Contributor: Petra Wildemann
The European Union’s Solvency II regulations have been a huge catalyst for change within the insurance industry worldwide, not just in Europe. We will now turn our eye to China. In this series, we’ll examine the role of China Insurance Regulatory Commission and look at how Solvency II is influencing insurance regulation in China.
All insurance companies operating in China are overseen by the China Insurance Regulatory Commission (CIRC). This governing body is authorized by the State Council to regulate Chinese insurance products and services and to assure regulatory compliance and stability in the insurance industry. CIRC’s main tasks are to formulate policies for the Chinese insurance industry and to regulate pricing and insurance schemes. The Chinese regulators also are responsible for scrutinizing and approving insurance companies operating in China as well as their subsidiaries and holding companies. They monitor any changes or additional risks incurred by these companies and adjust regulations to address unlawful or unsatisfactory processes.
Last year, the CIRC had begun to discuss Solvency II, which European regulators have introduced to address capital adequacy among insurance companies. In fact, the CIRC introduced Draft Guidelines in 2010 that echo Solvency II and begin to channel Chinese insurers into a similar compliance framework. But before we jump into the new guidelines, let’s first look at the regulations that Chinese insurers are currently observing.
Capital requirements still follow banking rules
At this stage, the Chinese insurers follow banking regulations with banking authorities assuring that banks meet the capital adequacy ratio (CAR). Current Chinese banking policies address capital requirements, risk management data control and reporting for the industry. Some key details:
Capital standards –Like many countries that follow the Basel II Accord, China requires its insurers to follow banking regulations, and the banking authorities advise that banks comply with a prudential regulation framework, which mainly consists of CAR, liquidity requirements and functional separation. As a result, Chinese insurers are required to maintain adequate capital to absorb their losses and, in the worst case, to wind down business without loss to customers, counterparties and without disrupting the orderly functioning of capital markets.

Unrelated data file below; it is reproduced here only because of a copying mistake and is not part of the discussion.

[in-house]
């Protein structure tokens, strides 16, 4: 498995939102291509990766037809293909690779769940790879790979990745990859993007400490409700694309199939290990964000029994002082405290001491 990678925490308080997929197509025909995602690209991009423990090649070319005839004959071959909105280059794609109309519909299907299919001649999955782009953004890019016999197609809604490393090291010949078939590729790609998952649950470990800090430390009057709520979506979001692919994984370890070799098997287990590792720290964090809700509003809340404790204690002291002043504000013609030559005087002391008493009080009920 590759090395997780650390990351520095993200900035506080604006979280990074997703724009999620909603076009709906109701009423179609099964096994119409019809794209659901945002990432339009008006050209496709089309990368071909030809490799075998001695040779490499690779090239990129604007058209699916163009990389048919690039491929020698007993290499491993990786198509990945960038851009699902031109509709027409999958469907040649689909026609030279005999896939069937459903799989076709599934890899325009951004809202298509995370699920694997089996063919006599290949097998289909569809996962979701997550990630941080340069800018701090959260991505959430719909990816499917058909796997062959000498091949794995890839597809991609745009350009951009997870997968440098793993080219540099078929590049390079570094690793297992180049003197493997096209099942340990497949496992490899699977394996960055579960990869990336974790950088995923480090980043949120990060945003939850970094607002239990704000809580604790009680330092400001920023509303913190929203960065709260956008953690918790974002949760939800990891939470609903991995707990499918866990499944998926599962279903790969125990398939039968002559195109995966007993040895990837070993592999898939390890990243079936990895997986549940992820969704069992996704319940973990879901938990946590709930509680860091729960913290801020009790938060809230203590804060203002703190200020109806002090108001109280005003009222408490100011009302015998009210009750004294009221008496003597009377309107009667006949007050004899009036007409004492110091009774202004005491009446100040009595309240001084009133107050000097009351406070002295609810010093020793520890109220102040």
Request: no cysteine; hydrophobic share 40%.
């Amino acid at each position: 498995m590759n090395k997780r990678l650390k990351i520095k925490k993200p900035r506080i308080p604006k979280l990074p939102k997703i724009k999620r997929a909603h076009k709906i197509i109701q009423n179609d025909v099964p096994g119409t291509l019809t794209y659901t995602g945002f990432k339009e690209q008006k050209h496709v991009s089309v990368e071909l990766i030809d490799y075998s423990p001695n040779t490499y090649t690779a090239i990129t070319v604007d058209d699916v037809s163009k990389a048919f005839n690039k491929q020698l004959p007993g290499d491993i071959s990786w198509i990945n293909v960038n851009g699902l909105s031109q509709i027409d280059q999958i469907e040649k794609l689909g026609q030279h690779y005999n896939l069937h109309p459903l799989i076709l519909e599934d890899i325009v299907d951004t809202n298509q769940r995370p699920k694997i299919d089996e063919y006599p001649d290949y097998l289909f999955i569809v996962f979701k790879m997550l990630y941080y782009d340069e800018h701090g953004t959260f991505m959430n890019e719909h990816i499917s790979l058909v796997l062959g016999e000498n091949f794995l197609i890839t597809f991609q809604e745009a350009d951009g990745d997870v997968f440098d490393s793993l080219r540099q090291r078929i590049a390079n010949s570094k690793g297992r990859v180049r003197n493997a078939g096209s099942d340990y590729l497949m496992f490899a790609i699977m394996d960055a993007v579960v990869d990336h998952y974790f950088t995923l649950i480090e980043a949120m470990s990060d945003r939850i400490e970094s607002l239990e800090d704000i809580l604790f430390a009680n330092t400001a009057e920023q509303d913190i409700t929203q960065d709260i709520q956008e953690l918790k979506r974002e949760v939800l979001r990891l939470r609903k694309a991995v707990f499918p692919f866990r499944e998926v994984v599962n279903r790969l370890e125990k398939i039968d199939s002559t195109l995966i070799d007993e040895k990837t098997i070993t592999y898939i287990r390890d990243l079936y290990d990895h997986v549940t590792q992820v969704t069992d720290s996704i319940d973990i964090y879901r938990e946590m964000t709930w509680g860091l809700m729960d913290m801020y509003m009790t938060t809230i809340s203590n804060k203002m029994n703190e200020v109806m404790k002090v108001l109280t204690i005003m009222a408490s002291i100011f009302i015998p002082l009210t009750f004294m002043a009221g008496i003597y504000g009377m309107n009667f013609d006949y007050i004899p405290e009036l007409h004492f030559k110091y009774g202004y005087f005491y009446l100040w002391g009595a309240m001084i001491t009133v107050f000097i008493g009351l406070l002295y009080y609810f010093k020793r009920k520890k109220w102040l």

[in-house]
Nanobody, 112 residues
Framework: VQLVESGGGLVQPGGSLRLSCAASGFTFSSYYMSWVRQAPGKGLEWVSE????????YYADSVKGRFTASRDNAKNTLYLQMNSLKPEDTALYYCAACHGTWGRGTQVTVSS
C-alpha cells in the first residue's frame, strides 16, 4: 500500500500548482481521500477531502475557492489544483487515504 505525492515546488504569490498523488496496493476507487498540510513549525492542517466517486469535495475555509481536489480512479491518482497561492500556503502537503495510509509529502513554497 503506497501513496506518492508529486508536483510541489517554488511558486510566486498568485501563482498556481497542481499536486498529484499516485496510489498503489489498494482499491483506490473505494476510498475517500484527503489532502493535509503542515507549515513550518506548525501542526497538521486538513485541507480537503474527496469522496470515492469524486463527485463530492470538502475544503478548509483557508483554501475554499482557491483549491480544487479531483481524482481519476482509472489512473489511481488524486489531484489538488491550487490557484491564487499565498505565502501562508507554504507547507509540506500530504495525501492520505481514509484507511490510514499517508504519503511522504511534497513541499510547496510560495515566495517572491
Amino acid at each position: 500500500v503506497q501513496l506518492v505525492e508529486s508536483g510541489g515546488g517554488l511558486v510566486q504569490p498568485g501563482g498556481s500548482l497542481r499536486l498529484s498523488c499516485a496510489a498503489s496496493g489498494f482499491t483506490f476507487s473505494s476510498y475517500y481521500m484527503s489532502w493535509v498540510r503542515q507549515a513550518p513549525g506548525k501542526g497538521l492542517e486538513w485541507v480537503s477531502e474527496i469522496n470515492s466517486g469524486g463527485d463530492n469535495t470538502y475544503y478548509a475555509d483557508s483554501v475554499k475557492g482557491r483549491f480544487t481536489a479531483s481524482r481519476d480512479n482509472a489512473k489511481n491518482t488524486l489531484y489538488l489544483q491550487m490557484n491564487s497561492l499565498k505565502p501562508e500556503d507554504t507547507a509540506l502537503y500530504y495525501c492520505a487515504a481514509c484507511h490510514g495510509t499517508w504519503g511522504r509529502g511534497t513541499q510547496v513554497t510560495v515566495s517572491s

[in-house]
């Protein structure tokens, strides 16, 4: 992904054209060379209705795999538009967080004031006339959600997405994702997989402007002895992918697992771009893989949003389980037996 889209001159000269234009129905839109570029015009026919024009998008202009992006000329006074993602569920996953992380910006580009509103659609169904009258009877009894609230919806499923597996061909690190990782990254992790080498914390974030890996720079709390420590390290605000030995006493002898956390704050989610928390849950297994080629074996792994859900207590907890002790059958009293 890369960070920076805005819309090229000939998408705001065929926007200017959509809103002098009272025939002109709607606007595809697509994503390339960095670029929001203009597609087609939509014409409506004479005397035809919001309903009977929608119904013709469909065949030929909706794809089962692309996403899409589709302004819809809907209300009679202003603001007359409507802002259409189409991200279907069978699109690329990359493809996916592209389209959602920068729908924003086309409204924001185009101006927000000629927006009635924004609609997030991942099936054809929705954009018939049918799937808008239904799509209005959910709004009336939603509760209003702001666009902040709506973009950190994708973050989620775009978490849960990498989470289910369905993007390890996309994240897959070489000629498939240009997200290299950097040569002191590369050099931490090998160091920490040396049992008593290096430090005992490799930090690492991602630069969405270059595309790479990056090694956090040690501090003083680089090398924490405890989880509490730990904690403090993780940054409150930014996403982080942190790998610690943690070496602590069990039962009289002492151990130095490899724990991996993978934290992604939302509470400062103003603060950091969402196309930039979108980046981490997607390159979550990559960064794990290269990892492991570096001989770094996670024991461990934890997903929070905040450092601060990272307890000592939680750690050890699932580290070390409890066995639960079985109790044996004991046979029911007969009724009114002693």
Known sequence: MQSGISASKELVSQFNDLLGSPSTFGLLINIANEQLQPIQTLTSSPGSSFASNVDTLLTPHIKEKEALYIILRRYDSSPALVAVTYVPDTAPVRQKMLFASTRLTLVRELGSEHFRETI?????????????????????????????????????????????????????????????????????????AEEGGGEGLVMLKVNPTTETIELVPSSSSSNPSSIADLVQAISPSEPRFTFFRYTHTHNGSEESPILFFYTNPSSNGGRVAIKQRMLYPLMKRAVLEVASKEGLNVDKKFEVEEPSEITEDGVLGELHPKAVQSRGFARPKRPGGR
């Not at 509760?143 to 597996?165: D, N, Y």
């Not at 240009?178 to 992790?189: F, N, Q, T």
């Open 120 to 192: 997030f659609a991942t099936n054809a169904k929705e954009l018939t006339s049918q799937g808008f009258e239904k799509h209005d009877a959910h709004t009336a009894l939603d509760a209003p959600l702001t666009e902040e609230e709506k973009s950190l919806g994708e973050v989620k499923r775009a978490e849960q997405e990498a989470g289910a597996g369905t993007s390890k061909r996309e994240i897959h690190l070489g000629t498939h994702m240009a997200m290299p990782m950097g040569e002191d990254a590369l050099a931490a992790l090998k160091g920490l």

In September 2010, the China Business News reported that China Banking Regulatory Commission (CBRC) plans to increase capital adequacy ratio (CAR) requirements for banks under new rules likely to be released in 2011. The CBRC would require large banks to increase their CAR to 11%, while smaller banks would have a minimum requirement of 10%. At present, China’s banks are required to have a CAR of no less than 8%. The new rules would permit regulators to increase a bank’s CAR by an additional 5 percentage points, and would set leverage ratios to require that banks’ core capital is at least 4% of total assets. No specific date[c1] has been given for the introduction of the new rules.
Chinese commercial banks have a comparatively high capital adequacy ratio worldwide, according to a survey made by the Basel Committee, which said China’s banking industry stands in a favorable position in the reform, CBRC official said.
As of June 2010, China’s banks’ capital adequacy ratio hit 11.1 percent on average, while the core capital adequacy ratio stood at 9 percent and core capital accounted for up to 80 percent of the total capital, according to the CBRC.
Enterprise Risk Management (ERM) – Although Chinese insurers are not yet fully embracing ERM operations, they are considering parameters such as CAR. Both the Chinese and Hong Kong markets present many unique challenges in terms of potential growth and dynamic market requirements. One of the most challenging tasks is how to pull out of the current financial crisis. Most likely, these markets will develop their own approach to risk management as they work to resolve these issues over the coming year.
Data control – Chinese insurers struggle with the same data control issues as their European counterparts, and those with European headquarters are already bringing their businesses in line with Solvency II standards to meet this challenge.
Reporting – While Chinese Company Law does not require the same level of self-regulating reporting that is required with Solvency II’s ORSA (Own Risk and Solvency Assessment), Chinese insurance companies are required to provide visibility into their financial operations. Failure to accurately report can result in several civil and criminal penalties for the Board members involved.
Our next post will explore the new CIRC guidelines bring reporting further in line with Solvency II. Part2
 China Business News, September 18, 2010, “China to unveil roadmap of capital regulation for commercial banks in due time”
[c1]Does this news http://www.chinadaily.com.cn/bizchina/2011-02/23/content_12062253.htm have any impact on this statement?